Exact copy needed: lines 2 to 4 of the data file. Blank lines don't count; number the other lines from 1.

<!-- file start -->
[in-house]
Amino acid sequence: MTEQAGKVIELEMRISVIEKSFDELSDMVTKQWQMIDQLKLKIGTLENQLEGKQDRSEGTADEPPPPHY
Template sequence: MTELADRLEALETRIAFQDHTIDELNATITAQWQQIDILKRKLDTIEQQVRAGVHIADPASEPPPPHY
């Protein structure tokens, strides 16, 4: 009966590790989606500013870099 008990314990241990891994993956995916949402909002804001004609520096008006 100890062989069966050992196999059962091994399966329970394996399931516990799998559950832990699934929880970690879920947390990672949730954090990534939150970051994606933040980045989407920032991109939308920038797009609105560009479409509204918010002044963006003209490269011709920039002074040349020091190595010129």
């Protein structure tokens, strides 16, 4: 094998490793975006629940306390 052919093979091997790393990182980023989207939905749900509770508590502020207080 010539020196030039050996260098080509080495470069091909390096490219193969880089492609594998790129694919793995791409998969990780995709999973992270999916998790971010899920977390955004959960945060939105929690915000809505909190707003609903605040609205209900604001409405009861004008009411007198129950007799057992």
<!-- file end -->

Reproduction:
Amino acid sequence: MTEQAGKVIELEMRISVIEKSFDELSDMVTKQWQMIDQLKLKIGTLENQLEGKQDRSEGTADEPPPPHY
Template sequence: MTELADRLEALETRIAFQDHTIDELNATITAQWQQIDILKRKLDTIEQQVRAGVHIADPASEPPPPHY
């Protein structure tokens, strides 16, 4: 009966590790989606500013870099 008990314990241990891994993956995916949402909002804001004609520096008006 100890062989069966050992196999059962091994399966329970394996399931516990799998559950832990699934929880970690879920947390990672949730954090990534939150970051994606933040980045989407920032991109939308920038797009609105560009479409509204918010002044963006003209490269011709920039002074040349020091190595010129």